4. Tighe P, Duthie G, Brittenden J, Vaughan N, Mutch W, Simpson WG, Duthie S, Horgan G, Thies F. (2013) Effects of wheat and oat-based whole grain foods on serum lipoprotein size and distribution in overweight middle aged people: a randomised controlled trial. PLOS ONE 8: e70436.
  5. Whalley LJ, Duthie SJ, Collins AR, Starr JM, Deary IJ, Lemmon H, Duthie AC, Murray AD, Staff RT (2013) Homocysteine, antioxidant micronutrients and late onset dementia. Eur. J. Nutr., 53: 277-285.
  6. Thies F, Masson LF, Rudd A, Vaughan, N, Tsang C, Brittenden J, Simpson WG, Duthie S, Horgan G, Duthie G. Am. J. (2012) Effect of a tomato-rich diet on markers of cardiovascular disease risk in moderately overweight, disease-free, middle-aged adults: a randomized controlled trial. Clin. Nutr., 96: 1013-1022.
  7. McNeil CJ, Beattie JH, Gordon M-J, Pirie LP, and Duthie SJ. (2012) Nutritional B vitamin deficiency disrupts lipid metabolism causing accumulation of proatherogenic lipoproteins in the aorta adventitia of ApoE null mice. Molecular Nutrition and Food Research 56: 1097-1105.
  8. Beattie JH, Gordon M-J, Duthie SJ, McNeil CJ, Horgan GW and Kwun I-S. (2012) Suboptimal dietary zinc intake promotes vascular inflammation and atherogenesis in a mouse model of atherosclerosis. Molecular Nutrition and Food Research 56: 1122-1130.
  9. Bouwman FG, de Roos B, Rubio-Aliaga I, Crosley LK, Duthie SJ, Mayer C, Horgan G, Polley AC, Heim C, Coort SLM, Evelo CT, Mulholland F, Johnson IT, Elliott RM, Daniel H & Mariman ECM. (2011) 2D-electrophoresis and multiplex immunoassay proteomics analysis of different body fluids and cellular components reveal known and novel markers for prolonged fasting. BMC Medical Genomics 4: 24.
  10. Duthie SJ. (2011) Epigenetic modifications and human pathologies: cancer and cardiovascular disease. Proc. Nut. Soc., 70: 47-56.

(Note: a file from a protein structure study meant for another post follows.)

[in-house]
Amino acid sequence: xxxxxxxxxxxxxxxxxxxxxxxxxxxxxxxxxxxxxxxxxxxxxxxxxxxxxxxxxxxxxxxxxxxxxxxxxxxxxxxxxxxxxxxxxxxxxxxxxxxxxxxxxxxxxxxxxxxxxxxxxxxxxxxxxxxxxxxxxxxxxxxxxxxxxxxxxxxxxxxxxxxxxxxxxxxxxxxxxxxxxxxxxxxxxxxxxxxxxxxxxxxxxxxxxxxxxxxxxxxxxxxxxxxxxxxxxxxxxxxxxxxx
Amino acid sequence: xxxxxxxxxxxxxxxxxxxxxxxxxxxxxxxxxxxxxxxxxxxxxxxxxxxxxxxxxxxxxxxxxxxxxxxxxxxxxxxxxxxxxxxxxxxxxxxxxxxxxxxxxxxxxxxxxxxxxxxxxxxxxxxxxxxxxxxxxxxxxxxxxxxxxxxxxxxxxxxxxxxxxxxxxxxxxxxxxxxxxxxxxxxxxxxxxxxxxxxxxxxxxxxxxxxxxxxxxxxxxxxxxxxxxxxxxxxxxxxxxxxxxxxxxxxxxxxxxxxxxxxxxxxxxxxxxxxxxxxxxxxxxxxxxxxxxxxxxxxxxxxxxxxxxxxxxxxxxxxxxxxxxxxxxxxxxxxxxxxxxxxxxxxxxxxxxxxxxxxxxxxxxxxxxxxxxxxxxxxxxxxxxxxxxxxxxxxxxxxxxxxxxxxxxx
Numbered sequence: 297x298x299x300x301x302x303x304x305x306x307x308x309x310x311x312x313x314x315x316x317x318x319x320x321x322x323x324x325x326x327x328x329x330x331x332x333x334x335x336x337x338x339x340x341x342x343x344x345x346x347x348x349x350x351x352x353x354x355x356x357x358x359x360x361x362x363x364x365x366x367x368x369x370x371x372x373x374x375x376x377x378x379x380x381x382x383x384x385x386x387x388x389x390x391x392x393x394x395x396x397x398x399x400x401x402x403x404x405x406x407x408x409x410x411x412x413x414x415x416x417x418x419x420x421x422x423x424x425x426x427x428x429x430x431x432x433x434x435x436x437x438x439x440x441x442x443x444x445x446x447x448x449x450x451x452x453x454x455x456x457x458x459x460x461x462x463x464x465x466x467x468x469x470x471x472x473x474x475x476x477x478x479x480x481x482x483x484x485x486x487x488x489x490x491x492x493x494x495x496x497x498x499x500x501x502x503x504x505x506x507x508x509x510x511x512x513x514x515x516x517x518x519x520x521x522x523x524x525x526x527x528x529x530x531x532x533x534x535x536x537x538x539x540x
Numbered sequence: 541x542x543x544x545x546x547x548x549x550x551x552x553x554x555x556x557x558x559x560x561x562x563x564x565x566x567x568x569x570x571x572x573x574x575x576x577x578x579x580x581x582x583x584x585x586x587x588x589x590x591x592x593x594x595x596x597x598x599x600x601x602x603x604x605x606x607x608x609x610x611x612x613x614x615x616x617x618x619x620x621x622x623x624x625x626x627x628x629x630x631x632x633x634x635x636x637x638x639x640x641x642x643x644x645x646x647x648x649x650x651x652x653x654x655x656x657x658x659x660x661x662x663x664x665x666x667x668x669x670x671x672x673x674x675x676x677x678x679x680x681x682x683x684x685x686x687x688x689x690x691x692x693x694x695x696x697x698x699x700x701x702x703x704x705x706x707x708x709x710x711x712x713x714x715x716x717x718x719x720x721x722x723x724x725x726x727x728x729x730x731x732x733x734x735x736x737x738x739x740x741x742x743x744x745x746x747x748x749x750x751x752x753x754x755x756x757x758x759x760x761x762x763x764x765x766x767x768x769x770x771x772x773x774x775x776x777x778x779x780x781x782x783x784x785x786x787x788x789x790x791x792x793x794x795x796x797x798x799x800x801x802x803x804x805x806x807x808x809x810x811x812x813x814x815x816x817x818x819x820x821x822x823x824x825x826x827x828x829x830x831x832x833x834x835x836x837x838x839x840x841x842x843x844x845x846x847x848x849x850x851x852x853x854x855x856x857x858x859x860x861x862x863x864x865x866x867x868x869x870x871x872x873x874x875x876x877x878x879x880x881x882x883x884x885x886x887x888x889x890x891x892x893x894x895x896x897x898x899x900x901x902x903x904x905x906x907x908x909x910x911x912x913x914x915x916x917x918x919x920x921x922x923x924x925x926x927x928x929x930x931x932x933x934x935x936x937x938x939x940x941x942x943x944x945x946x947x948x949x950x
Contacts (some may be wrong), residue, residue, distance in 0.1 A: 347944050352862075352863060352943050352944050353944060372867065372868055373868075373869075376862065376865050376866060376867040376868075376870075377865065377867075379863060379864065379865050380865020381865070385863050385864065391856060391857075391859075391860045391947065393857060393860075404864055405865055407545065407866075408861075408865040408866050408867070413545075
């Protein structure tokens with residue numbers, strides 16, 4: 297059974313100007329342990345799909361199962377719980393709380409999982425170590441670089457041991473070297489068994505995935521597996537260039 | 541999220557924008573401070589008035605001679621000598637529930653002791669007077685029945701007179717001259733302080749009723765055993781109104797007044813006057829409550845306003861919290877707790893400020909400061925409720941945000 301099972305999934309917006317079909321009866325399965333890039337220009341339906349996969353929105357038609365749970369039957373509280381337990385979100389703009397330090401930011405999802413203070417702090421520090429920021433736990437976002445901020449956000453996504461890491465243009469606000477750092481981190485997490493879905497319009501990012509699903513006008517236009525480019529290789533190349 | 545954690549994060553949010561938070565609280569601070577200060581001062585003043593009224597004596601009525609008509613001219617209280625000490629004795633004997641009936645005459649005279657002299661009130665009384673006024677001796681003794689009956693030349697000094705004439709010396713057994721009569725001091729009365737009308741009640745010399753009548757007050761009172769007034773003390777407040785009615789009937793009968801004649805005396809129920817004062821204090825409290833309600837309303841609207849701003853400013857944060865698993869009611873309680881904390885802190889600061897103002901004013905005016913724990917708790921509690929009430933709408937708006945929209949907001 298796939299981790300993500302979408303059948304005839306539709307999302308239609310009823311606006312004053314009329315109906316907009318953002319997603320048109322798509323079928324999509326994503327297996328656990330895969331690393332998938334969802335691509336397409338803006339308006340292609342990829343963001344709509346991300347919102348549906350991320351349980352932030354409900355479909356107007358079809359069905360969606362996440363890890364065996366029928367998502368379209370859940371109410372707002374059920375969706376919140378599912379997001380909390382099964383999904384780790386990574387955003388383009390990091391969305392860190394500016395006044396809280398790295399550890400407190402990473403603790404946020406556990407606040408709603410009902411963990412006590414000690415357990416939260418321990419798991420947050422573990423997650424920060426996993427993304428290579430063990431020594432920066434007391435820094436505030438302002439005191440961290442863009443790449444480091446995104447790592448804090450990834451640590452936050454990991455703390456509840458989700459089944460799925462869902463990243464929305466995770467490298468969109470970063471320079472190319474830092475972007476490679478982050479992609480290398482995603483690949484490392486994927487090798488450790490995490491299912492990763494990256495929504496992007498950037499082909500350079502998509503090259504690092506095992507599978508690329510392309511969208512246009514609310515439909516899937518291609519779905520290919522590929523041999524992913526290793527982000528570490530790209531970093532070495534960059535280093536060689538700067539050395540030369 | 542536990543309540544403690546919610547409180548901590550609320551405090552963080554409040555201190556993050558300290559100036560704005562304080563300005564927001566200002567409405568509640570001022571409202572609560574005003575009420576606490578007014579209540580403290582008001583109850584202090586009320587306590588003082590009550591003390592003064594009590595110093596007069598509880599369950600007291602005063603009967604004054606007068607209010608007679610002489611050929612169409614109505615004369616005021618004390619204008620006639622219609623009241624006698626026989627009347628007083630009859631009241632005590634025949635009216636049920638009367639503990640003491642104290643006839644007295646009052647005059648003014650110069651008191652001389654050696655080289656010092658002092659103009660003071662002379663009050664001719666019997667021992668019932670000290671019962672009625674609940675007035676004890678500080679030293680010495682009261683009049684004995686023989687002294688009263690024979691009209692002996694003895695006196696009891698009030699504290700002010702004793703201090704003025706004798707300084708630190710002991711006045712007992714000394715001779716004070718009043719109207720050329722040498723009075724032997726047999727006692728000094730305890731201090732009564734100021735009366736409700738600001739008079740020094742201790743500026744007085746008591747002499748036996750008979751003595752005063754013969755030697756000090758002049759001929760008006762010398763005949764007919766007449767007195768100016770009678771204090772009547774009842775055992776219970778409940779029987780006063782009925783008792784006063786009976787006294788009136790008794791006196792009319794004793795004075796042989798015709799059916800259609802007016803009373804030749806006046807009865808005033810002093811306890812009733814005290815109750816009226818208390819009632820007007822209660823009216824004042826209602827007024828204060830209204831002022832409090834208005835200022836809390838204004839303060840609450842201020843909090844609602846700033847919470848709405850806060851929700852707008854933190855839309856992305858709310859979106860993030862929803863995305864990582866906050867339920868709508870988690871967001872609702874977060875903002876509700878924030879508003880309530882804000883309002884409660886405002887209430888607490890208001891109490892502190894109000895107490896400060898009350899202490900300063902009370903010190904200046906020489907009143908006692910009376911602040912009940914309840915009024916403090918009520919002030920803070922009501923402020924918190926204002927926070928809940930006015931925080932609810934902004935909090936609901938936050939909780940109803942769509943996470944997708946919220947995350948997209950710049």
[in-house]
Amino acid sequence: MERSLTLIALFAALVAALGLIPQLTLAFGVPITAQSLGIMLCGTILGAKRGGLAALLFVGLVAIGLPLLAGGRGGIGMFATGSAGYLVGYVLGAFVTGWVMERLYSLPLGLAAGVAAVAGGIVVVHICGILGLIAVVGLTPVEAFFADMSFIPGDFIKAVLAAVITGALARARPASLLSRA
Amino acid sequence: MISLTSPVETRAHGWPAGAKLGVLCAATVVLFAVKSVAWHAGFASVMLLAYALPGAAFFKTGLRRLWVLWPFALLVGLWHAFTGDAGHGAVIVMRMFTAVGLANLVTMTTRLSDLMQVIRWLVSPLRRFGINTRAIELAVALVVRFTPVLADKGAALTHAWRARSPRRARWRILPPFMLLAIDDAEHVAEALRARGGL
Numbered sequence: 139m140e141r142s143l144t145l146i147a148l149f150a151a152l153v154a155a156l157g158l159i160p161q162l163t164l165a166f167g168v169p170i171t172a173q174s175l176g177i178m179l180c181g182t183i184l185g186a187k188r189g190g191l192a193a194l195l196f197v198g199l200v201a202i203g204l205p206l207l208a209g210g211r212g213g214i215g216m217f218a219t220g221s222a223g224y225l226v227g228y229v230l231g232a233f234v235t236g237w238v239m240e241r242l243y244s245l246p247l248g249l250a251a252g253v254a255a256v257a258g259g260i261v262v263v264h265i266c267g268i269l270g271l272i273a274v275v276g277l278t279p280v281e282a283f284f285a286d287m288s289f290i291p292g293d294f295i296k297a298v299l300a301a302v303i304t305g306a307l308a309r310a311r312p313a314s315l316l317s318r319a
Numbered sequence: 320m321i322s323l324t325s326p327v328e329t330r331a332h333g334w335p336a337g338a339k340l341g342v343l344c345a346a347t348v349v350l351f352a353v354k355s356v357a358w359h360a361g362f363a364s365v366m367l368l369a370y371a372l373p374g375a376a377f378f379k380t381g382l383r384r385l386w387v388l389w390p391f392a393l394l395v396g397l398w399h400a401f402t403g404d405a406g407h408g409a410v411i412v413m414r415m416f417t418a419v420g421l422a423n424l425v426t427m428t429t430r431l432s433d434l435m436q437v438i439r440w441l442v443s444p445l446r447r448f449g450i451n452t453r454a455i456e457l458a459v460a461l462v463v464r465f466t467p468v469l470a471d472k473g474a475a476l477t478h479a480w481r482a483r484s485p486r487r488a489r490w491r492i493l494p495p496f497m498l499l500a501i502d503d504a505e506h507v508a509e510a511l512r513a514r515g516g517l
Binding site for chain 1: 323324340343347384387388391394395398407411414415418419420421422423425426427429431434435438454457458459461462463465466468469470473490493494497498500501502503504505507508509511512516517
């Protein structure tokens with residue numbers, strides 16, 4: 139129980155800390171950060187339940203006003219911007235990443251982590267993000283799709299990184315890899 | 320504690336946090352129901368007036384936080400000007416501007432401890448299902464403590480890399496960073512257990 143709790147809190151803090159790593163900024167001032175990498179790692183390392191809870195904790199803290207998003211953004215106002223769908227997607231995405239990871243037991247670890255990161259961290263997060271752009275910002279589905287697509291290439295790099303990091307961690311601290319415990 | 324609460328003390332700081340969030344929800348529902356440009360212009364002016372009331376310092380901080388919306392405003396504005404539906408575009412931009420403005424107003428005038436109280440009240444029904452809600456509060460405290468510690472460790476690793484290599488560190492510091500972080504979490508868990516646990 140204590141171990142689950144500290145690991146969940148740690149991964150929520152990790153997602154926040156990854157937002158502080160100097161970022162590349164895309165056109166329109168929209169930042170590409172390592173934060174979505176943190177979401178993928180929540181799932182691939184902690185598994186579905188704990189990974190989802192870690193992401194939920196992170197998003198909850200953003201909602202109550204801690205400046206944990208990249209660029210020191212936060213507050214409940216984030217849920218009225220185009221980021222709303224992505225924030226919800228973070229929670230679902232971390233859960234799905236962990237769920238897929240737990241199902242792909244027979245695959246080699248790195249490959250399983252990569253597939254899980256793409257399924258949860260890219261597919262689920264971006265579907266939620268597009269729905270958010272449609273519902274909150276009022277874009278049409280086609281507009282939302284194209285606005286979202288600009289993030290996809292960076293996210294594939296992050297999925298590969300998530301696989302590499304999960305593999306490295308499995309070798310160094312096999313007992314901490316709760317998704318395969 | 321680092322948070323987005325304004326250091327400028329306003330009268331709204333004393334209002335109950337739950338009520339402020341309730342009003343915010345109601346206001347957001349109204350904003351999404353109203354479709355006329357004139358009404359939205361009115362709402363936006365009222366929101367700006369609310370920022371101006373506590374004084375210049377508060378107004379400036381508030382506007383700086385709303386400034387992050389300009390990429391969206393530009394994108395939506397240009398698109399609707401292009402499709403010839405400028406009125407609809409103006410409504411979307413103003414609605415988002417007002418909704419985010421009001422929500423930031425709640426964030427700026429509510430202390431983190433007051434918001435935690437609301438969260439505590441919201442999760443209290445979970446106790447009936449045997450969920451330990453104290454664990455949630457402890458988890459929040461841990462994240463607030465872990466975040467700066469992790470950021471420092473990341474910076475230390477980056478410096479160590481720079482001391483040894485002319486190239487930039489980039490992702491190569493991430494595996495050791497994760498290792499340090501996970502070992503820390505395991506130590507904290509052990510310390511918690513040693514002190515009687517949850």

11. Folate and cancer: how DNA damage and DNA repair impact on colon carcinogenesis. SJ Duthie. J (2011) Inherited Metabolic Disease 34: 101-109.
  12. Rubio-Aliaga I, de Roos B, Duthie SJ, Crosley LK, Mayer C, Horgan G, Colquhoun IJ, Le Gall G, Huber F, Kremer W, Rychlik M, Wopereis S, van Ommen B, Schmidt G, Heim C, Bouwman FG, Mariman EC, Mulholland F, Johnson IT, Polley IC, Elliott RC, Daniel H. (2011) Metabolomics of prolonged fasting in humans reveals new catabolic markers. Metabolomics 7: 375-387.
  13. McNeil CJ, Beattie JH, Gordon M-J, Pirie LP & Duthie SJ. (2011) Differential effects of nutritional folic acid deficiency and moderate hyperhomocysteinemia on aortic plaque formation and DNA methylation in vascular tissue from ApoE -/- mice. Clinical Epigenetics 2: 361-368.
  14. Whalley LJ, Murray AD, Staff RT, Starr JM, Deary IJ, Fox HC, Lemmon H, Duthie SJ, Collins Arc, Crawford JR. Maturitas (2011) How the 1932 and 1947 mental surveys of Aberdeen schoolchildren provide a framework to explore the childhood origins of late onset disease and disability. 69: 365-372.
  15. Bestwick CS, Ralton, RD, Milne L, Thoo Lin PK and Duthie SJ. (2011) The influence of bisnapthalimidopropyl polyamines on DNA instability and repair in Caco-2 colon epithelial cells. Cell Biology and Toxicology 27: 455-463.
  16. Duthie SJ, Pirie LP, Grant G, Watson AJ, Margison GP. (2010) Folate deficiency alters hepatic and colon MGMT and OGG-1 DNA repair protein expression in rats but has no effect on genome-wide DNA methylation. Cancer Prevention Res., 3: 92-100.